More than 2 million Canadians are “sandwiched” between caring for their young children and aging parents at the same time, a role that is not only physically draining, but also financially for the family and the economy.
Statistics Canada says 28 per cent of the 8.1 million caregivers in Canada are part of what’s known as the “sandwich generation,” most of them women between ages 35 and 44.
The pressures also have wide-reaching economic implications including lost time at work, difficulty retaining workers who may have to choose between their jobs and caring for loved ones, and lower incomes from lost hours that can increase reliance on federal programs to help make ends meet.
“As might be expected, those who provided care to their child or spouse had the most difficulty reconciling caregiving responsibilities with professional obligations,” says one in a series of StatsCan reports on the subject released this week titled, Family Caregiving: What are the consequences?
About 43 per cent of caregivers in the study reported arriving to work late, leaving early or take time off during the day to care for their ill family member or friend. That figure increased to 54 per cent for people providing 20 or more hours of caregiving per week.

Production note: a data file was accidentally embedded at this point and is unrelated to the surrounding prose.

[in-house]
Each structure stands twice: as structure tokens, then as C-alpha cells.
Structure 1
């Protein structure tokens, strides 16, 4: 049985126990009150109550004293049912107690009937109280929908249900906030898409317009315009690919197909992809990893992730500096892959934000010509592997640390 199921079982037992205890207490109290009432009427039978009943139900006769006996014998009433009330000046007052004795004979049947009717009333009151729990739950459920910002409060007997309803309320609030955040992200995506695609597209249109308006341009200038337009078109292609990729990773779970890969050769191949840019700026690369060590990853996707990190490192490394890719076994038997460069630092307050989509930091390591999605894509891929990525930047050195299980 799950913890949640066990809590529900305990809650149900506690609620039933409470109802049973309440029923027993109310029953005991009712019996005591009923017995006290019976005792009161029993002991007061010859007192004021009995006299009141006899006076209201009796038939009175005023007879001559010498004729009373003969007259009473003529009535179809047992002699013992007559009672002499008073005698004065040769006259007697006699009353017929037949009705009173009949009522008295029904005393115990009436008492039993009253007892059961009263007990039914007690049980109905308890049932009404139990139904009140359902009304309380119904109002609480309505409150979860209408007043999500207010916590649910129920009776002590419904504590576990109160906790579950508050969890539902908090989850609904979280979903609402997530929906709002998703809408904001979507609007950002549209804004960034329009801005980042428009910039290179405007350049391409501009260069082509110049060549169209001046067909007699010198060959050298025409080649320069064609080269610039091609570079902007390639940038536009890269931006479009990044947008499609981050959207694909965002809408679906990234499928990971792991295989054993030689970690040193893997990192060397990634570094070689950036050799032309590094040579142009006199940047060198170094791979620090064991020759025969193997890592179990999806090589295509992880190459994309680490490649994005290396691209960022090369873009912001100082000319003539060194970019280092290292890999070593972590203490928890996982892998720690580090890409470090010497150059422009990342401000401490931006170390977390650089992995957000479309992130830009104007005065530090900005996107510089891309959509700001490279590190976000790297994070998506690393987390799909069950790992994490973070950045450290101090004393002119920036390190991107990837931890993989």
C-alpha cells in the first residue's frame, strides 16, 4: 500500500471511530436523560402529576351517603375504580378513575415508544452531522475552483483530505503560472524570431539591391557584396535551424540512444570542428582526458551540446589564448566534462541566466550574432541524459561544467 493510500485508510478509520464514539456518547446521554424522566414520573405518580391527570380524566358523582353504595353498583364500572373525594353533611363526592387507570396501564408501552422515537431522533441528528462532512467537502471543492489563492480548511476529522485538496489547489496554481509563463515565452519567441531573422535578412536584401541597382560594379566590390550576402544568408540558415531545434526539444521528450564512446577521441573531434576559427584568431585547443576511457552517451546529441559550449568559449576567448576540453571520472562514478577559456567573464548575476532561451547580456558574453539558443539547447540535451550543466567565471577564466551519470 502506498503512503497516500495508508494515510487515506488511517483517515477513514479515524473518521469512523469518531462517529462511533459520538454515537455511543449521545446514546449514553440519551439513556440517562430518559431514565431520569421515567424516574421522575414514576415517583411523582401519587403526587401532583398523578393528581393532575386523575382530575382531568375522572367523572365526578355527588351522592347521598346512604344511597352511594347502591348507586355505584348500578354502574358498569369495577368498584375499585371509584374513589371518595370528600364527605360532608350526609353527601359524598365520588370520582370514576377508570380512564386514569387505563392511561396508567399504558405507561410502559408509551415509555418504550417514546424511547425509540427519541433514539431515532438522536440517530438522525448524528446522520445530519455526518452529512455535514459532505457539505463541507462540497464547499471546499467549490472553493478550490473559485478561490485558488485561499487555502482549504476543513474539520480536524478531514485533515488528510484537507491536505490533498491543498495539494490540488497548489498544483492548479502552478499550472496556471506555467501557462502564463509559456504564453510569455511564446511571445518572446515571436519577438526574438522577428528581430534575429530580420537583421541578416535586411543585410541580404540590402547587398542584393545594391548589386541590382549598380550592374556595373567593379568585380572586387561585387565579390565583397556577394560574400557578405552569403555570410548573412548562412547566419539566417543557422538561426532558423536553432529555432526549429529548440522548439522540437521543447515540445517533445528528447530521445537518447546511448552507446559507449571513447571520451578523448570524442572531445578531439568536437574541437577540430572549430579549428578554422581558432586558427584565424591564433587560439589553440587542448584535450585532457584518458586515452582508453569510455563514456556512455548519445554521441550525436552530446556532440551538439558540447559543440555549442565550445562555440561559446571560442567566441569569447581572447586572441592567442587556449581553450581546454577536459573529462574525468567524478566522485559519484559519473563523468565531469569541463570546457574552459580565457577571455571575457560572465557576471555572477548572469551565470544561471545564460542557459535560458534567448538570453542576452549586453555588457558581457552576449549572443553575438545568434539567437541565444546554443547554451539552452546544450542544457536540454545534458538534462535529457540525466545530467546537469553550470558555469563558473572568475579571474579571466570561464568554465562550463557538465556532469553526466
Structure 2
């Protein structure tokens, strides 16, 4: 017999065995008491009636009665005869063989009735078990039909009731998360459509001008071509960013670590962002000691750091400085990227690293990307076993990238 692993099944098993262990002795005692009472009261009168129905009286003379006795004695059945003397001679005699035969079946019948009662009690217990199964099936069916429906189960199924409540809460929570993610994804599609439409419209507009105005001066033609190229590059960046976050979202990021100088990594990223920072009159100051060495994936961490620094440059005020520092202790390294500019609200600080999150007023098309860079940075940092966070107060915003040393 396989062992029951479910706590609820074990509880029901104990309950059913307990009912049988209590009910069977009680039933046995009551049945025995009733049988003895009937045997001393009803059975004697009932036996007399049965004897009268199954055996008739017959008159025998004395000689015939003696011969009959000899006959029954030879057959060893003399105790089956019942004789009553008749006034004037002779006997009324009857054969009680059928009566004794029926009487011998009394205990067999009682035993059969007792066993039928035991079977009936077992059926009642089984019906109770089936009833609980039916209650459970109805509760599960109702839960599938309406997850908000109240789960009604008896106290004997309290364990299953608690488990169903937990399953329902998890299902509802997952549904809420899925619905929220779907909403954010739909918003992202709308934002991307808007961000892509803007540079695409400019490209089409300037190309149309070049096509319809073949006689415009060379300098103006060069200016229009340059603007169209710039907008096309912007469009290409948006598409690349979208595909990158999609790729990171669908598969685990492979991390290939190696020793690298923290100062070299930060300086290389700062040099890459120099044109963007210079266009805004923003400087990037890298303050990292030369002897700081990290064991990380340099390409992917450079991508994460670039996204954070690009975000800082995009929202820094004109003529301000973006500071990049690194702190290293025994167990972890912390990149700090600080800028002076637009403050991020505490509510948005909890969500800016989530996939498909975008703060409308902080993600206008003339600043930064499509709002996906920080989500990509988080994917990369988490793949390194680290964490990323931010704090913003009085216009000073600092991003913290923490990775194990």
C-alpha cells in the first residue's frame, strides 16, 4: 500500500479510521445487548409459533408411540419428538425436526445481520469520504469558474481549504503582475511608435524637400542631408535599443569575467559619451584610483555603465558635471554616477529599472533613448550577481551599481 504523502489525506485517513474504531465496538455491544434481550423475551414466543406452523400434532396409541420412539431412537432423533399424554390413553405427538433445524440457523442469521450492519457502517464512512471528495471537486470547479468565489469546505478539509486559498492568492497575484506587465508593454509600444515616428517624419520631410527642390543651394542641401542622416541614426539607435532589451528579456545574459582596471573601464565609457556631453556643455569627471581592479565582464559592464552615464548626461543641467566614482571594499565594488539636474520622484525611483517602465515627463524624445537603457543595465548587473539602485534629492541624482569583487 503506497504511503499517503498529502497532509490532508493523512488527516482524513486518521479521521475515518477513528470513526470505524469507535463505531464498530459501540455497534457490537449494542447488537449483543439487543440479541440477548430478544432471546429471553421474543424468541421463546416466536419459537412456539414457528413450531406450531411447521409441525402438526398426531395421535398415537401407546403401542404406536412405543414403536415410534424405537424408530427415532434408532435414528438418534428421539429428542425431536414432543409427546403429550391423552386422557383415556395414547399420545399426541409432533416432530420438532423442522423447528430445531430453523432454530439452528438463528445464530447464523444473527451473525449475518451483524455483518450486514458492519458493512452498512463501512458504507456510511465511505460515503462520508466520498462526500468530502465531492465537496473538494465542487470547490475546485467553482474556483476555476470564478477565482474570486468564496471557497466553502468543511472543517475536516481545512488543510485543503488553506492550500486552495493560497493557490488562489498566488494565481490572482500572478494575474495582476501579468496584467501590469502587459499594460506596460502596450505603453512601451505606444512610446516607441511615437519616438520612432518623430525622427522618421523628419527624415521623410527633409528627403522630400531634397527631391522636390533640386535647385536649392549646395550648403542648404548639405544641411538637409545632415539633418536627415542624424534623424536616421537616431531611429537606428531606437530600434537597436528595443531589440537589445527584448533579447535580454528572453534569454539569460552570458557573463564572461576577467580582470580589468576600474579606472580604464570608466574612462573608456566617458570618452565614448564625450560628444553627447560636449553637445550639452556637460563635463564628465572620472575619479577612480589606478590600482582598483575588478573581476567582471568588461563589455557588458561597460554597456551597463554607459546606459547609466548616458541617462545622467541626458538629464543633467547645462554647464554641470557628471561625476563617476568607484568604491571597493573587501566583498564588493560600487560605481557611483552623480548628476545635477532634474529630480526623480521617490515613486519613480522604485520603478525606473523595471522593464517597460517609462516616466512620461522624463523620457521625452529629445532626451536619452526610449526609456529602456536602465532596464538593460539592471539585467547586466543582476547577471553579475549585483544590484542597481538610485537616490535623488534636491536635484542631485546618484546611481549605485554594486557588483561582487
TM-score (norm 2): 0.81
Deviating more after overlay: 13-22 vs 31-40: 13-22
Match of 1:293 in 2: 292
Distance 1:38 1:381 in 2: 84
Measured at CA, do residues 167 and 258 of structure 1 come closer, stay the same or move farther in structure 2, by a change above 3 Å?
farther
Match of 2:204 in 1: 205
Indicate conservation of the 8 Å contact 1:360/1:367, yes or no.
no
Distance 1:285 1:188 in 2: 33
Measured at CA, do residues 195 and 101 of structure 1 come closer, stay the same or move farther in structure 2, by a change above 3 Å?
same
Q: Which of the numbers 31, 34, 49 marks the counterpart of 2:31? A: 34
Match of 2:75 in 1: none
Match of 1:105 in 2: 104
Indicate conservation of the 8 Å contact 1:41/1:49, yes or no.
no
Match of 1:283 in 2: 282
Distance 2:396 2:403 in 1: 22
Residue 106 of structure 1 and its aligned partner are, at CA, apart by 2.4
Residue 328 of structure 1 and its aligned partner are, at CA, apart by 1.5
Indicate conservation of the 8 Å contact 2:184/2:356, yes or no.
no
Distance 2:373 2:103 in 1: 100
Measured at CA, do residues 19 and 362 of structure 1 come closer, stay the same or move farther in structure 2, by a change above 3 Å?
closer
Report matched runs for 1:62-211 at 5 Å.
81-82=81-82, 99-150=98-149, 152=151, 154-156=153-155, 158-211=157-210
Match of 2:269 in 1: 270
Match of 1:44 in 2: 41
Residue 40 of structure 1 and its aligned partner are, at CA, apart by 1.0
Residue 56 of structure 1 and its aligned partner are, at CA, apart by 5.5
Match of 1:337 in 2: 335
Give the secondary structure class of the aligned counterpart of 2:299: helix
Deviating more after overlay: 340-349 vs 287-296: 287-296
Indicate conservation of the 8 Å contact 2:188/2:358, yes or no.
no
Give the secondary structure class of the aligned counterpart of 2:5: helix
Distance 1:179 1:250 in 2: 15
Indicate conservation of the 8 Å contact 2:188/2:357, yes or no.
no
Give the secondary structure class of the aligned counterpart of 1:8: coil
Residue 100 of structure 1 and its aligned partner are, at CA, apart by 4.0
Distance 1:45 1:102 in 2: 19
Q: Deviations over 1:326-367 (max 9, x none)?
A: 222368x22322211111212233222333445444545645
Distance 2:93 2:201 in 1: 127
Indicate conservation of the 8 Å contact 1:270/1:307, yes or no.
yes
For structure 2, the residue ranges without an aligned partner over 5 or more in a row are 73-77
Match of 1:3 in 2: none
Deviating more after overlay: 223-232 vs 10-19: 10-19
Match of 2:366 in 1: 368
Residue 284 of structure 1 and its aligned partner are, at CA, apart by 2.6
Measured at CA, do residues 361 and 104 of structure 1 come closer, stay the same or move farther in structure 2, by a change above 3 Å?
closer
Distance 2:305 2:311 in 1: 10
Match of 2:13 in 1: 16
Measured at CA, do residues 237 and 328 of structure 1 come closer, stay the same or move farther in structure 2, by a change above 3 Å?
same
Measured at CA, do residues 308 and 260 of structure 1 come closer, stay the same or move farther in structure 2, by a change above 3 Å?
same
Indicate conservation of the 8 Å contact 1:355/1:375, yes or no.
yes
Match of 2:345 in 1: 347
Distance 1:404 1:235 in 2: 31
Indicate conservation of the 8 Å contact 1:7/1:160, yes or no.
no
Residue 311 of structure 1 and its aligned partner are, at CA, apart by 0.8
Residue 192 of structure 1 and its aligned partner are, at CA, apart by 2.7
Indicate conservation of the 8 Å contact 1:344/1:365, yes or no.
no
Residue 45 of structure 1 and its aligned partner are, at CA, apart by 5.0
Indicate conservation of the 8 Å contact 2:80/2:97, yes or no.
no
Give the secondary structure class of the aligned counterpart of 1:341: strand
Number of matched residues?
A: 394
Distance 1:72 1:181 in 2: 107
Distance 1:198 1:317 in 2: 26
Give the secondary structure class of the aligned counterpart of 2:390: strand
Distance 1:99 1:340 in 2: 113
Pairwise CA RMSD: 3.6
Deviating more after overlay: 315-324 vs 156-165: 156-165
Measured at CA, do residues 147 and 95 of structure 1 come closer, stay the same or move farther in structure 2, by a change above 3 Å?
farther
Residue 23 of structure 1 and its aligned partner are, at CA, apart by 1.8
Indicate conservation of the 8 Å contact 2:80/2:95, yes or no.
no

Flexible work needed as Baby Boomers age
The reliance on caregiving is expected to grow as the Baby Boom generation ages. A similar study released in the spring, commissioned by Desjardins Financial, calls on Canadian companies to find ways to accommodate the anticipated growing number of caregivers through more flexible practices and policies.
“The high percentage of knowledge workers with caregiving responsibilities, particularly multi-generational caregiving responsibilities, reinforces the fact that Canadian companies must address the needs of these employees if they want to attract and retain talent in a seller’s market,” says the report Balancing work, childcare and eldercare: A view from the trenches, written by Linda Duxbury at Carleton University and Christopher Higgins at the University of Western Ontario.
While women are the primary caregivers, the Desjardins report says companies will need to start recognizing the role for both sexes, “as an increasing number of male employees will be implicated in caregiving.”
Another issue for caregivers is the financial pressures. StatsCan says 1 in 5 caregivers receive some type of financial support. While help from friends and family was the most common at 12 per cent, government programs (7 per cent) and federal tax credits (5 per cent) were also required.
"The financial impacts related to caring for a loved one can be significant," StatsCan says. "Lost days at work may reduce household income, while out-of-pocket expenses, such as purchasing specialized aids or devices, transportation costs, and hiring professional help to assist with care, can be borne from caring for a loved one."